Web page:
Measuring the money entering and
leaving the business in all areas,
using the information to indicate the
level of efficiency and effectiveness
of the business's activity.
Giving information on the
productivity levels of staff and
providing one possible means of
appraising and rewarding
Providing information for current and
prospective shareholders and
Ensuring that the
adequate to meet
needs of the
Providing managers with the
information they need to manage their
departments and monitor their
Giving the whole business a
strategic perspective and target
what focuses on where it is now
and where it would like to be after
a specific period of time.
Providing the basis of
control and meeting
information can be
useful in all the
Improving Liquidity: cashflow can be improved
by delaying payments to suppliers and
demanding payments from customers. This
option is often unavailable to new businesses
because of their weak bargaining position with
with larger and more established firms.
Dealing with Lenders: The
preparation of a cashflow
chart will highlights the need
for borrowing, and ensures
the business takes action
before the event rather than
when forced to react to
Making Changes: Sometimes cashflow
forecast may highlight a need for change. For
example, a theme park may decide that it's
not worth opening at certain times because
the revenue generated in insufficient - the
business needs to take account of the costs
and benefits of its actions.
Budgeting in Other Areas: Budgeting
ensures that spending is controlled
and to provide forecasts of likely
costs and returns.
Budgeting by department makes it possible to split the
business into smaller units and pass responsibility to
departmental heads. Delegation of responsibility is useful as
individual managers are likely to have better immediate
knowledge of their department and are able to ensure budgets
are realistic and achievable. Responsibility to budgeting can
also be a motivator, showing that senior management trust the
judgement of their more junior managers.
Can be used to judge the performance of a
particular department, its employees and its
managers. However, such figures don't take into
account reasons why the department may have
failed to meet the budget. Therefore, in such
situations using common sense is needed.
Need for liquidity: From a
cashflow forecast a business
firstly needs to assess what
demand for cash is likely to
be at any time, to allow the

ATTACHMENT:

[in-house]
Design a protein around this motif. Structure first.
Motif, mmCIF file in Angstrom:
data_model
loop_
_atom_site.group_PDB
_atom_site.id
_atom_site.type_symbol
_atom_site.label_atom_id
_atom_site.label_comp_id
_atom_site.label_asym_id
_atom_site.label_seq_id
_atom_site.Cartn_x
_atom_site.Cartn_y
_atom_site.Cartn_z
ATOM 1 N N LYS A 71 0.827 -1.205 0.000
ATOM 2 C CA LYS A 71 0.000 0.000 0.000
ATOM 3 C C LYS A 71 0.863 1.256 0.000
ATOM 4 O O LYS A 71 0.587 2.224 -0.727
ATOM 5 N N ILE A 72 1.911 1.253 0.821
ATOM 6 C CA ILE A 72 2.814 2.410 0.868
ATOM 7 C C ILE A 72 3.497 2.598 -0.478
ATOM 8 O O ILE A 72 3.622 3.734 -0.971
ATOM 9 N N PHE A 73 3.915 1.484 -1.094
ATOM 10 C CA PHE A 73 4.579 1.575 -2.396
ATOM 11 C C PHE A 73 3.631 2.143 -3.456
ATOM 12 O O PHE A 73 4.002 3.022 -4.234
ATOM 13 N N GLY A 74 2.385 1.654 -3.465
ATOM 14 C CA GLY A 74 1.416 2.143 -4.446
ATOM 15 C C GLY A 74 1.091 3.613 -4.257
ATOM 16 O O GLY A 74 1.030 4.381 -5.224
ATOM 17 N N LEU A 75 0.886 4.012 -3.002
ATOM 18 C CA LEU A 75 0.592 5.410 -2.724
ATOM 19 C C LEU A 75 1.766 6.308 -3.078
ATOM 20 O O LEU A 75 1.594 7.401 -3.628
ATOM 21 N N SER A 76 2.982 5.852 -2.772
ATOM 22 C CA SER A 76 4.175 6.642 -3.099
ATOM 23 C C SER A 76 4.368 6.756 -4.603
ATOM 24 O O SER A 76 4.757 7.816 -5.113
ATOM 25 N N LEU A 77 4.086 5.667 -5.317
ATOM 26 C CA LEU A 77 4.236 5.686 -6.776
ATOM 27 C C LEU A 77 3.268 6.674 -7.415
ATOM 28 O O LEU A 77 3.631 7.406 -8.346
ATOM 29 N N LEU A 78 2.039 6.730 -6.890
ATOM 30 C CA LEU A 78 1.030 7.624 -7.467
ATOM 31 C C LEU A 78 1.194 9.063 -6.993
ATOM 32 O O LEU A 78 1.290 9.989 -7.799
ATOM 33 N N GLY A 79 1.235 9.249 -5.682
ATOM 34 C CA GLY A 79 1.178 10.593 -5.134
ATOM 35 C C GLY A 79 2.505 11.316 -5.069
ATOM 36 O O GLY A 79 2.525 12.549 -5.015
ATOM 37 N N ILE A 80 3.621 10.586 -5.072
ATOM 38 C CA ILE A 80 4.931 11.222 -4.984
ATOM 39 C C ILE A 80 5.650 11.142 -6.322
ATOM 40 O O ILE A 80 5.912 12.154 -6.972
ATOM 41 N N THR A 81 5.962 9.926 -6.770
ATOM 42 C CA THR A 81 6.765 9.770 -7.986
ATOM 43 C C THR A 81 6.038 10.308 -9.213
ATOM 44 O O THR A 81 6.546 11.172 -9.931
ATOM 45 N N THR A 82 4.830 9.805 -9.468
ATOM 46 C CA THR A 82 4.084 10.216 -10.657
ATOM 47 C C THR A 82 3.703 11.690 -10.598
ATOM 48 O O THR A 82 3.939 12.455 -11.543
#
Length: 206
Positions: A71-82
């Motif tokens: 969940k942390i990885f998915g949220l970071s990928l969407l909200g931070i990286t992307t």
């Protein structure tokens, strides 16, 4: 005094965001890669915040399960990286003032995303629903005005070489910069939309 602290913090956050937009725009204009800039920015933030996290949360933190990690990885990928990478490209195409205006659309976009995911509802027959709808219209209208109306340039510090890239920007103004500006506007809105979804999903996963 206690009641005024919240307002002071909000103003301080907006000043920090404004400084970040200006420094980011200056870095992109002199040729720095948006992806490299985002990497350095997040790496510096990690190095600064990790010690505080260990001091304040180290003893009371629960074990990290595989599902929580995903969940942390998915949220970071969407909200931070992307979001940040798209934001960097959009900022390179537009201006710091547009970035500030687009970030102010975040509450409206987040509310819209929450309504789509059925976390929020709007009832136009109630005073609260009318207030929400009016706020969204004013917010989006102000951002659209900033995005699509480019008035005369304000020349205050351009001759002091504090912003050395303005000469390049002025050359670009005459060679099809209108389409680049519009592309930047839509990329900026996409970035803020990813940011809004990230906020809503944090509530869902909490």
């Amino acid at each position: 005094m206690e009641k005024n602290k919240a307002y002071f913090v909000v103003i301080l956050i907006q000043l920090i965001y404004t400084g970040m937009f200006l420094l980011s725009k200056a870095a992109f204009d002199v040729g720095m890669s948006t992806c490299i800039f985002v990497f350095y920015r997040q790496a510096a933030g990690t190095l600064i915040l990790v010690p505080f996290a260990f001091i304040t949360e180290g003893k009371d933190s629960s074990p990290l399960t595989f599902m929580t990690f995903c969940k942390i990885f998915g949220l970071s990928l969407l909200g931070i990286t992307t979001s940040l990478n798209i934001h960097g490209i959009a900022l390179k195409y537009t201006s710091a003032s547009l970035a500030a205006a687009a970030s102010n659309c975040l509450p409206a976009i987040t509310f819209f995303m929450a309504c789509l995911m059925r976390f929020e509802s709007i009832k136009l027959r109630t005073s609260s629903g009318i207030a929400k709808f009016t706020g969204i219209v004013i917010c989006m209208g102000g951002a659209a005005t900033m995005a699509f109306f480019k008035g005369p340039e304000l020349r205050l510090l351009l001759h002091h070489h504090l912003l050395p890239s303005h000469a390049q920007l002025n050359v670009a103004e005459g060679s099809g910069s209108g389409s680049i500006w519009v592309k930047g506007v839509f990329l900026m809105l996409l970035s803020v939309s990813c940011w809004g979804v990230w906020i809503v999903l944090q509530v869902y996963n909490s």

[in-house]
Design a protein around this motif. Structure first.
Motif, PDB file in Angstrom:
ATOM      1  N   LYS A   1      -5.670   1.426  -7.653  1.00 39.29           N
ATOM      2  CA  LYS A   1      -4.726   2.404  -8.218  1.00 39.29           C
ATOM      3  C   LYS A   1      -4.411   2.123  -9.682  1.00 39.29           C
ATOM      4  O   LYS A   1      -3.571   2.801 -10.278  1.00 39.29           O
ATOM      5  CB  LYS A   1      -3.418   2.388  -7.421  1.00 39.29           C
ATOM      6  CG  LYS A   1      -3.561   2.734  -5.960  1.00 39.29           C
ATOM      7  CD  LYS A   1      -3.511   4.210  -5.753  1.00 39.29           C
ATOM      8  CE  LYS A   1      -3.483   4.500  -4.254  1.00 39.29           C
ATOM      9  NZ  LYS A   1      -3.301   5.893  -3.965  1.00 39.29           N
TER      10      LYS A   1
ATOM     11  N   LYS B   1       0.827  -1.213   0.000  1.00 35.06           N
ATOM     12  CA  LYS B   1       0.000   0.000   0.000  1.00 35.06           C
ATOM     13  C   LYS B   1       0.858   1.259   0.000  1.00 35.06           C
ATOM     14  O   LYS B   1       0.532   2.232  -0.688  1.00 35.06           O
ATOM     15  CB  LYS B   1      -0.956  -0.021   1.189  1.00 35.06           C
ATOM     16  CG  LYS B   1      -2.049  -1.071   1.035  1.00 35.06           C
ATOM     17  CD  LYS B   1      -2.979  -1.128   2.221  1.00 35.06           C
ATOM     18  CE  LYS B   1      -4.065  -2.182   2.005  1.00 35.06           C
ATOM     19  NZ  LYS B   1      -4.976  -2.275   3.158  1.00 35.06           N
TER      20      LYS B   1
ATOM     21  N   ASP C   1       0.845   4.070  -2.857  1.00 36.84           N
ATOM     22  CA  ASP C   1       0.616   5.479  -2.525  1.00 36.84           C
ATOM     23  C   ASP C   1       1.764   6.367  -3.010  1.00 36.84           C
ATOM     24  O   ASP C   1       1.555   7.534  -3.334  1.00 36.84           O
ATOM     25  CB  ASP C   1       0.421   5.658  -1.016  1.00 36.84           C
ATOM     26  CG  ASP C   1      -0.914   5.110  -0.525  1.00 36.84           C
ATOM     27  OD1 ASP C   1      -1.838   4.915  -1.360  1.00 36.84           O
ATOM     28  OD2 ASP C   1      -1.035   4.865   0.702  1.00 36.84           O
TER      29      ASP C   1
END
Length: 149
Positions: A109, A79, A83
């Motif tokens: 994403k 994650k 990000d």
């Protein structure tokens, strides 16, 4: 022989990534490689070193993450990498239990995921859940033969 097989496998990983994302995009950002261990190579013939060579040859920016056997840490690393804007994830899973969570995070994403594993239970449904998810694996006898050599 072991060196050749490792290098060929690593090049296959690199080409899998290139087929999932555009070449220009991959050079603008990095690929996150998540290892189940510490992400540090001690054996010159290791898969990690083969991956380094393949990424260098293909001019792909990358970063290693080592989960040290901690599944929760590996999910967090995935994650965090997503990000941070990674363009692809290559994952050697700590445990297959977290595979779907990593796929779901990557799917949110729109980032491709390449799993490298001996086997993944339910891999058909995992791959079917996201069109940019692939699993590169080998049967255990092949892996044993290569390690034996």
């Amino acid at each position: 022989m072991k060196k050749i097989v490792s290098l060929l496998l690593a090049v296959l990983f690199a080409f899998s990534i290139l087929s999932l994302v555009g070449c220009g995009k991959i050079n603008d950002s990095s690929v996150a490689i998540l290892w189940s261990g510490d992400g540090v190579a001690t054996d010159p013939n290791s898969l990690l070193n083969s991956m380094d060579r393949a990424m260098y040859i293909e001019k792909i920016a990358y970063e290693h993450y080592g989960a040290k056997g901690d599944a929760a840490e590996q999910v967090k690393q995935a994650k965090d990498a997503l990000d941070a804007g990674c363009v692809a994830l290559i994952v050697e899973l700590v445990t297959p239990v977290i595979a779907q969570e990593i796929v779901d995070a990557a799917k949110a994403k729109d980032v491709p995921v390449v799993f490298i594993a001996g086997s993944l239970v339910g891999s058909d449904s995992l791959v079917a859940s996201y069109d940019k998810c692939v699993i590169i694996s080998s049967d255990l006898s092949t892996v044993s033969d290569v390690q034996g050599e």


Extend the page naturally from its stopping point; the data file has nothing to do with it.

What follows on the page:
business to meet the
demands for payment.
Zero Budgeting: Involves setting all budgets at
zero, requiring managers to justify any
requirement funds. This prevents a situation
where the same money is given each year
without any consideration of actual need.
May be used in a business where it has a number of
potential developments planned but is only prepared
to proceed with those that are cost-justified (it would
be wrong to budget for all alternatives due to the
amount of management time that would be taken in
preparing the budgets.
Main problem is the amount of time it takes for
budget holders and financial co-ordinator to manage
the system. The need to review items of expenditures
and decide whether to pass them will be ongoing and
may become tiresome for the person responsible. It
may also mean that the business has a ST perspective
of the situation.
Flexible Budgets: Allows a
business to make allowances for
changes in the level of sales
volume so that adverse variances
Variance Analysis: This is the amount by
which the actual financial results for an
item differ from the amount in the budget.
Variance can be adverse or favourable: For revenue, if actual
sales exceed the budgeted figures the variance will be
favourable, whereas for costs if actual costs exceed the
budgeted figure the variance will be negative. A positive
variance improves profit and a negative variance reduces
Three Main Types
Revenue Budget - expected revenues
or sales and is broken down into more
detail (products, locations etc).
Cost (or expenditure) budget
- expected costs based on
sales budget; overheads and
other fixed costs.
Profit Budget - based on the
combined sales and costs
budgets, of great interest to
stakeholders and may form
basis for performance
Key sources of
Financial performance in
previous years - particularly
for established businesses
where lots of relevant data is
likely to be available.
Market research -
trends in market size,
competitor activity and
Harder when market
experiences rapidly change
(e.g. new technology).
Startup firms find it
hard to estimate likely
sales and revenues.
difficult to predict.
Always likely to be
Will vary depending on
the sales budget.
Changes in external
impact costs (e.g. taxes,
Are only as good as
the data being used.
Can lead to
Need to be changed as
circumstances and change.
Variance Analysis -
Calculating and investigating
the differences between the
actual results and the budget.
A variance arises when there
is a difference between
actual and budget figures.
Variances can be:
(better than expected) and
(worse than expected).
Possible Causes of
demand than expected
= higher actual revenue.
Cautious sales and
cost assumptions (e.g.
to higher sales.
Better than expected
productivity or efficiency.
Unexpected events lead
to unbudgeted costs.
Sales forecasts prove
Market conditions (e.g.
means selling prices are
lower than budget.